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Mainly winners identified at UK Managed Services Summit

The managed services business is accelerating, particularly in the SMB sector. At last week's Managed Services Summit, held in London, the questions were not so much about the scale of the market (already revised upward this year by IDC), but on how suppliers and channels will need to change themselves, and find successful partners to work with.

 

Date: 19 Sep 2011

The reasons why managed services appeal so much to smaller firms in Europe is obvious - in effect a start-up company does not need to buy very much IT– it can do it all as a service. This is why the SMB adoption rate for managed services is very high already, attendees were told.

But there is the problem of companies buying individual services from a number of suppliers as apps or hosted packages, but finding a need to move data between them. Fujitsu's Mark Owen held out a bright prospect for traditional VARs who make the move: “As the services evolve we need the integration aspect to help the data created in one delivered service move across to another. The VAR will move up the food chain and become more valuable, becoming System Integrators, and becoming even more deeply entrenched with the customers. The VARs have the required inherent skills already.”

It is also a good area to be in if you are in software: John Chapman from IT Europa advised that ISVs (independent software vendors) who seek a valuation for their businesses will find them worth up to six times as much if they have a SaaS delivery model rather than on-premise packages.

In the channel, distribution may have the biggest challenge, since clients moving away from capital investment means suppliers channels need less product in stock. The credit businesses which distributors run change as well, as services are purchased in advance or on-demand. But don't write off distribution, argued Jason Beal from Ingram Micro. The channel is still in a very strong position with its customer relationships to see off the “cloud upstarts”. Alan Murphy, Brocade put the customer relationship for a service supplier as “being a trusted advisor”.

It is clear that selecting winners to work with in these markets will be a pressing need for most channel players. Every organisation at the event, be they a VAR, vendor, distributor, or ISV, is developing a managed service capability and that means a change in the customer conversation. Ray Barber from Kaseya told the audience what he was seeing within their customer base and that in the SMB arena the demand for managed services was coming from the customer. “They are looking for companies that can differentiate themselves. We used to talk about technology, but our most successful service providers hardly every talk about technology; they learn what their customers' businesses are about. They talk a lot more about sales and marketing.”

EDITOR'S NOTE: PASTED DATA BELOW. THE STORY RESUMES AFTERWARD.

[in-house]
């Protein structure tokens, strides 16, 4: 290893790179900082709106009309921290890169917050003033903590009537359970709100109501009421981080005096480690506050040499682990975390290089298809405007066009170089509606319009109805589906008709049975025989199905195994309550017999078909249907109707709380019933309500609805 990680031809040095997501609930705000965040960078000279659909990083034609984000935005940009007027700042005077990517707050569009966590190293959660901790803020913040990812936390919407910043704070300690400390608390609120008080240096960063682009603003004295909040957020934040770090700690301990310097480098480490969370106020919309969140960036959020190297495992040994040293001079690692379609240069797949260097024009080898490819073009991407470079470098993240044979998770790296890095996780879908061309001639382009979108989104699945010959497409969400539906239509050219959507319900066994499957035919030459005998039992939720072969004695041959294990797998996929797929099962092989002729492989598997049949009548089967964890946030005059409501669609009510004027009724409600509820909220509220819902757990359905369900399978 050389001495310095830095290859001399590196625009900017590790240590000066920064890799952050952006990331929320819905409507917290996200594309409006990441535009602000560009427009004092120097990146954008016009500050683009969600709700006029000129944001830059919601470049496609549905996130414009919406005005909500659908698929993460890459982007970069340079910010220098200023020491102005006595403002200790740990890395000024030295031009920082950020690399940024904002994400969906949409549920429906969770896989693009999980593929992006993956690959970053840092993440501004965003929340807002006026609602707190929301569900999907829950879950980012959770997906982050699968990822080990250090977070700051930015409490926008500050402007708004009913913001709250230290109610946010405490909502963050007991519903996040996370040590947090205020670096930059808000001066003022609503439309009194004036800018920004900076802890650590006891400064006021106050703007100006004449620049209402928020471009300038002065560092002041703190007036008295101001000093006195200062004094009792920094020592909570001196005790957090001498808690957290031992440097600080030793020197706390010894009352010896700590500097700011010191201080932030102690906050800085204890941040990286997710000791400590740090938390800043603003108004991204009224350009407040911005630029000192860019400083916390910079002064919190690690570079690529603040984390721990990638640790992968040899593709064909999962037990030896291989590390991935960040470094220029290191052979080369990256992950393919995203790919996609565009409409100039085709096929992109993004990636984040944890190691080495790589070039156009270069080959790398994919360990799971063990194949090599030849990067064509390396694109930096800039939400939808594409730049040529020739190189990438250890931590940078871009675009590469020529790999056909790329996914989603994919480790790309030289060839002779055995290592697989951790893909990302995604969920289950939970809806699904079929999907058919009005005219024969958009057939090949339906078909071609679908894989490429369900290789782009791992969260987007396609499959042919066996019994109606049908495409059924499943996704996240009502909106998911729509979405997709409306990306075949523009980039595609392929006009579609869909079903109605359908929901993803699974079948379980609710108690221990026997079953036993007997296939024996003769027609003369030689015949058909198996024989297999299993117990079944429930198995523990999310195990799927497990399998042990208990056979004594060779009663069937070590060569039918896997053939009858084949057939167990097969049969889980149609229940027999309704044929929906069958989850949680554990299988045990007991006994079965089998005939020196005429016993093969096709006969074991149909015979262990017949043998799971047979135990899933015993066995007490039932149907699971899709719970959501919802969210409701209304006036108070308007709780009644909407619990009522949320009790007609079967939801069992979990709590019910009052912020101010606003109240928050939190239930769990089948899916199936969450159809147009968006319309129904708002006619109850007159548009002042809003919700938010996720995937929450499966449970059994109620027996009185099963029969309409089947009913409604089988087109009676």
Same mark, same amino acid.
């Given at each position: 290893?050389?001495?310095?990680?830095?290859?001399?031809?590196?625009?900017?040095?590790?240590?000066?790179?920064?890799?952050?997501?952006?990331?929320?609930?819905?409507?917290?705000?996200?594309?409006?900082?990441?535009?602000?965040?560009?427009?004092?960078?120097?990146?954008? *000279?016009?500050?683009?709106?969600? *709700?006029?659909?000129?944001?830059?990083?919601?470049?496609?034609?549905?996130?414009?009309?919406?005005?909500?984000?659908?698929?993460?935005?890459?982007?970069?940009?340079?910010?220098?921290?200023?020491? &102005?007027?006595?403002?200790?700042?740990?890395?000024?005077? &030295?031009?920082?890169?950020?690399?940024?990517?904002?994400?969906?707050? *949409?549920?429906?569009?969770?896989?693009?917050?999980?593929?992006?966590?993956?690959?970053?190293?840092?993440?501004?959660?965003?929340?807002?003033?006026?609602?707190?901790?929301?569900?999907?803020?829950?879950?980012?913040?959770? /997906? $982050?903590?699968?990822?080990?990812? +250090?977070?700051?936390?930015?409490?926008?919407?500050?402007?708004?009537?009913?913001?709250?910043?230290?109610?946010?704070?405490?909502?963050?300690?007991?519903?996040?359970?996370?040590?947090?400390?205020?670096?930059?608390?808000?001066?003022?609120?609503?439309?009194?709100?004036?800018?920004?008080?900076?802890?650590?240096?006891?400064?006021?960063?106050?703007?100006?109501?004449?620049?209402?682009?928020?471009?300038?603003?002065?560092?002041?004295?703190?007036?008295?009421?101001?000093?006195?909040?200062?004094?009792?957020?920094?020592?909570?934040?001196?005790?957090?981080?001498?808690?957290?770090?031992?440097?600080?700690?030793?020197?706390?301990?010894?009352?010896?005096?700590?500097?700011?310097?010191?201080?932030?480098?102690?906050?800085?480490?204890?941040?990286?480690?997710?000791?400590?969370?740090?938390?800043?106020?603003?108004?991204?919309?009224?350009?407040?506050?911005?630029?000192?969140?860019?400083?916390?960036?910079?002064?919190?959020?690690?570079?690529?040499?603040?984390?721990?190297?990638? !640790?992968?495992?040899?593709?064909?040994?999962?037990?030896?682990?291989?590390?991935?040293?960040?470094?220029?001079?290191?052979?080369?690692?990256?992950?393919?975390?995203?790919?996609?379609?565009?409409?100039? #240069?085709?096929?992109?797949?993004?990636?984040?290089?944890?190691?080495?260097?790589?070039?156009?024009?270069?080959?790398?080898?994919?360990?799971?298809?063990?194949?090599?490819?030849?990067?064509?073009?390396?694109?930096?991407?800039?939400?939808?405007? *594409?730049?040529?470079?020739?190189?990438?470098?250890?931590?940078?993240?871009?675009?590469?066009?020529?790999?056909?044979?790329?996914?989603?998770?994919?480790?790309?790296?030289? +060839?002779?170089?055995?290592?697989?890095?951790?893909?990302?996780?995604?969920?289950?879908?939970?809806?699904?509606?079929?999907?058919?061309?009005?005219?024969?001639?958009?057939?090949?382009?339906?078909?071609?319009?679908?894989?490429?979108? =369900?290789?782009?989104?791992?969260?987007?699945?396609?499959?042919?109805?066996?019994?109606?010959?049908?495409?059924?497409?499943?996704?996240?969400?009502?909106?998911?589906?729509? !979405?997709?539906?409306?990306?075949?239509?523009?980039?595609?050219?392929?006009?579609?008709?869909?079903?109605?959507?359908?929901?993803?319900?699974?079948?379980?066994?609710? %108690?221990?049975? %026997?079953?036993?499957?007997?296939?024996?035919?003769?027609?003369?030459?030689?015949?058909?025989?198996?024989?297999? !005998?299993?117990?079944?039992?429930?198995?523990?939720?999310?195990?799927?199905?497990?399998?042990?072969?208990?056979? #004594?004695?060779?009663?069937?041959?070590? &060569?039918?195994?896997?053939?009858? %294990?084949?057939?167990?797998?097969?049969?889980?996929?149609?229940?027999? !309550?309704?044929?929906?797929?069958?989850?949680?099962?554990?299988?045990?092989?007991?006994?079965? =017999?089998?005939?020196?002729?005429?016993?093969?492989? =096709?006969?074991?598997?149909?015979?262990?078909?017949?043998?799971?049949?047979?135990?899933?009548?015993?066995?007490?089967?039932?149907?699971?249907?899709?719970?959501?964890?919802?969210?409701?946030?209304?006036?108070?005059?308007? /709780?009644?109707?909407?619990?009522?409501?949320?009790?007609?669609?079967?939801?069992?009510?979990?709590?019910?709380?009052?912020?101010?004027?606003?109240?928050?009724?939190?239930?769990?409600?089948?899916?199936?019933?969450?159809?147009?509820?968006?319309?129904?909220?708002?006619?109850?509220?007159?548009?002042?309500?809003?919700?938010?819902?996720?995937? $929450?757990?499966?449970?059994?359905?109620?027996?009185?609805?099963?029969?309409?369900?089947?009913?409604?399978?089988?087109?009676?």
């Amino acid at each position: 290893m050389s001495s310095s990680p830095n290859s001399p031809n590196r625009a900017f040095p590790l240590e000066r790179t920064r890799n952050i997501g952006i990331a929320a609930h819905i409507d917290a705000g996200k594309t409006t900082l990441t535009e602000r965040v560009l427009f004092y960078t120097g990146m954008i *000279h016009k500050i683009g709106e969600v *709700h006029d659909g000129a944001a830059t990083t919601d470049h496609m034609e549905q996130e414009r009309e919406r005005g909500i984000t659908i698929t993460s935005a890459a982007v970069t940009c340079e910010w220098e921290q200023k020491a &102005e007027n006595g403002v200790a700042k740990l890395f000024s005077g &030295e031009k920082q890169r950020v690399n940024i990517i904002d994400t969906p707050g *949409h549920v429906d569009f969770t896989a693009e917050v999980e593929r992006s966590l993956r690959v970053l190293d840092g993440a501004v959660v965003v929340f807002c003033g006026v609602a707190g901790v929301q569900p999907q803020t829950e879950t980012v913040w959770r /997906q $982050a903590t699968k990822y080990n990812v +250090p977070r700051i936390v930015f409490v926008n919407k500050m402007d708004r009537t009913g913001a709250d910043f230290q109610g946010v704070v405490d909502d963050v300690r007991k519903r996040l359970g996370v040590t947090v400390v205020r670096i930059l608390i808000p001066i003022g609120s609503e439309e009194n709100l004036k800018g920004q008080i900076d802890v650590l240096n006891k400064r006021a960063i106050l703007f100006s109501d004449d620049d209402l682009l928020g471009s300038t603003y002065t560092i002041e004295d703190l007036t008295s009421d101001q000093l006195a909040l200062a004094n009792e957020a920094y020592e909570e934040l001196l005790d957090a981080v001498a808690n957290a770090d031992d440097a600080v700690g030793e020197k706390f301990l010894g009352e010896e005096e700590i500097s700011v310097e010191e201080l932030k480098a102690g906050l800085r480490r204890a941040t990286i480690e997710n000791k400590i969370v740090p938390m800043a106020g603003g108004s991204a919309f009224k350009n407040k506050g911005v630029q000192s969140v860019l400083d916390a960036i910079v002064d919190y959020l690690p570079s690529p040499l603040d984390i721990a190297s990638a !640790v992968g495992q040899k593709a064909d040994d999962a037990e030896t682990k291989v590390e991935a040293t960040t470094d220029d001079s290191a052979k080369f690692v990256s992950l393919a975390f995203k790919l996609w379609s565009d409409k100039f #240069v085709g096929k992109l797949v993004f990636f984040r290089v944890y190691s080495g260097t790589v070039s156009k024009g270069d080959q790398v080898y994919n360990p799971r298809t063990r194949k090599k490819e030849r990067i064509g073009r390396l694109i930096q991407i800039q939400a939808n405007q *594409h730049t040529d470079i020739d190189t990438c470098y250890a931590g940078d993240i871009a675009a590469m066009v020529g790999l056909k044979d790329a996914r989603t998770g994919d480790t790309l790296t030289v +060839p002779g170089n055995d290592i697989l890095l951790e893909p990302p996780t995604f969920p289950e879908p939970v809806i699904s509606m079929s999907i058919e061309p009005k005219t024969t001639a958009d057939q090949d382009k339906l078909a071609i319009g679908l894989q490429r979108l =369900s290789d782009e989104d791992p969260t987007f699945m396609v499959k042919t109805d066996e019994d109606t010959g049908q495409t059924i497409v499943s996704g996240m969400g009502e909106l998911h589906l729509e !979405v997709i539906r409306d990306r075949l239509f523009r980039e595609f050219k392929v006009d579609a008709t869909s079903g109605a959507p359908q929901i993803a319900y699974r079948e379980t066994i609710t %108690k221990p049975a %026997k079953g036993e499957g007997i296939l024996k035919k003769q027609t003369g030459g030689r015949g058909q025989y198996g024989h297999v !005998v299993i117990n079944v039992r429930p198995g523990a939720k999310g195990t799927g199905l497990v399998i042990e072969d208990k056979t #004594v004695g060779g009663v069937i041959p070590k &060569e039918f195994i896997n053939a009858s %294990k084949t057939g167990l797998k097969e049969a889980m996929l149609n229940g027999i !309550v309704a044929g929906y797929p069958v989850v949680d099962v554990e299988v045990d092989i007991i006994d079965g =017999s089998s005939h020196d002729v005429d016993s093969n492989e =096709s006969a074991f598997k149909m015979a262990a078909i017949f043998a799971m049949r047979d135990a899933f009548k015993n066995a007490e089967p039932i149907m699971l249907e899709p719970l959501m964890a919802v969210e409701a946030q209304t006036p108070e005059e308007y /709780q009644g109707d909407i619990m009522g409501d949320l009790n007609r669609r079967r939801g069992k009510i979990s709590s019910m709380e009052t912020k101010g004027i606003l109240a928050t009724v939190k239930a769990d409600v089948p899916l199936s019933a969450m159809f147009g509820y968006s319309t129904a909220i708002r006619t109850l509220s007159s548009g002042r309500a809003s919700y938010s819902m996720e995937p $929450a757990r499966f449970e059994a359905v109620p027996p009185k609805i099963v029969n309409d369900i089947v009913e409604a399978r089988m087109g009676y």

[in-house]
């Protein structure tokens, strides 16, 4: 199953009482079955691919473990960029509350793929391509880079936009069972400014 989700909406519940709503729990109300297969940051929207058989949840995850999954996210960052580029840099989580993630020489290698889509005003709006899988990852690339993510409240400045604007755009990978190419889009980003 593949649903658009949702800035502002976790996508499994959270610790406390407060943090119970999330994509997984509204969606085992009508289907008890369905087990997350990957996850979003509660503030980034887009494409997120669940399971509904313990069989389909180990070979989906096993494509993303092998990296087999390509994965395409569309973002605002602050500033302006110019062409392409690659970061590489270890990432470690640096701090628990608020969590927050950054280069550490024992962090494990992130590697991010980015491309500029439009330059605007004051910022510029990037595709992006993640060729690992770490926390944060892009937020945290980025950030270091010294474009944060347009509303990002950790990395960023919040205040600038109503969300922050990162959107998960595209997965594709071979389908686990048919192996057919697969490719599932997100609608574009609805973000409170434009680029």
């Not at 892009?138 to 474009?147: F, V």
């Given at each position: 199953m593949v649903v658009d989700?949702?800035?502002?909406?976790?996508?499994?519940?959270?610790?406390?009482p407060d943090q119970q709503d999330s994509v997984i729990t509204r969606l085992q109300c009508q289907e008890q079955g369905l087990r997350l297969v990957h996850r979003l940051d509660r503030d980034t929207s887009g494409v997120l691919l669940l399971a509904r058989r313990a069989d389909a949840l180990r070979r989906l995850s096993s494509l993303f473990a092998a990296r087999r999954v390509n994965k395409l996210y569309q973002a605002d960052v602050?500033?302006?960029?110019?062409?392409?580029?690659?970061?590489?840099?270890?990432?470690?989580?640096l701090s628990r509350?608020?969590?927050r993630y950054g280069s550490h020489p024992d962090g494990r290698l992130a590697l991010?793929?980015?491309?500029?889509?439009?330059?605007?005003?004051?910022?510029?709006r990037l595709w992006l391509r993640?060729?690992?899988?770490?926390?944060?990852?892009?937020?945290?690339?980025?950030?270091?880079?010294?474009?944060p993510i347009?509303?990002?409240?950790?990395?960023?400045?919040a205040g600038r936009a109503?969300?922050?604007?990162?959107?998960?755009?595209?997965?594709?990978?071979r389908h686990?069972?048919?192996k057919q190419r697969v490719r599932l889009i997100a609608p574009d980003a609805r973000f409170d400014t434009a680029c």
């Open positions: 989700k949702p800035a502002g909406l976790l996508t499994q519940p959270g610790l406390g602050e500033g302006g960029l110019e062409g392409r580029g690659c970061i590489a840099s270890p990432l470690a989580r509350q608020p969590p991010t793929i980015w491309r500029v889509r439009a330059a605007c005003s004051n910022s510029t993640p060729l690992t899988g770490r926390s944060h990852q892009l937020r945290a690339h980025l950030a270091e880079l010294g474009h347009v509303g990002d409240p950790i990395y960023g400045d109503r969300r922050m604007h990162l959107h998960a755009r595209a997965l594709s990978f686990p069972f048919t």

Andy Dancer, Trend Micro was clear that from a technology perspective, “this is an evolution, not a revolution.” The big shift is in the business model in terms of delivery, pricing and management. The challenge is to make money with that, he said. Security is sometimes given as the big reason why people don't do cloud, but we have to show that there is a way. We will see the SMB use SaaS – the technology beats anything available for them before.”

David Foy, from data centre specialist EBRC advised that the “biggest problem we have at present is the maturity of the end-user who doesn't know what they want as a service. We could be selling them something that isn't adapted to what they need. Do we understand the end-client well enough to adapt the services to give them what they want? We can make it all into a mould for the SMB; but there are IT industrialisation problems - customers still want different things.” Hence the increasing demand for integration skills.

Hendrik Wacker from HDS pointed out how the cloud clearly separates information, applications and infrastructure. “Customers don't care about infrastructure, only the application.” But the majority of customers still own their own IT, so the transformation to the next step is the problem, he said.

The issue of business transformation and supporting customers in their migration to service-based IT infrastructures is one that will be returned to at the next UK Managed Services Summit in 2012 at other IT Europa and Angel Business Communications events.

The UK Managed Services Summit 2011 took place at IET London, Savoy Place on 13 September 2011. The Summit sponsors included: Brocade, Fujitsu, Kaseya, Trend Micro, Autotask, CA Technologies, Cisco, EBRC, Equinix, Hitachi Data Systems, IBM, Ingram Micro, Zenith Infotech, Alvea Services, Huawei Symantec and QLogic.

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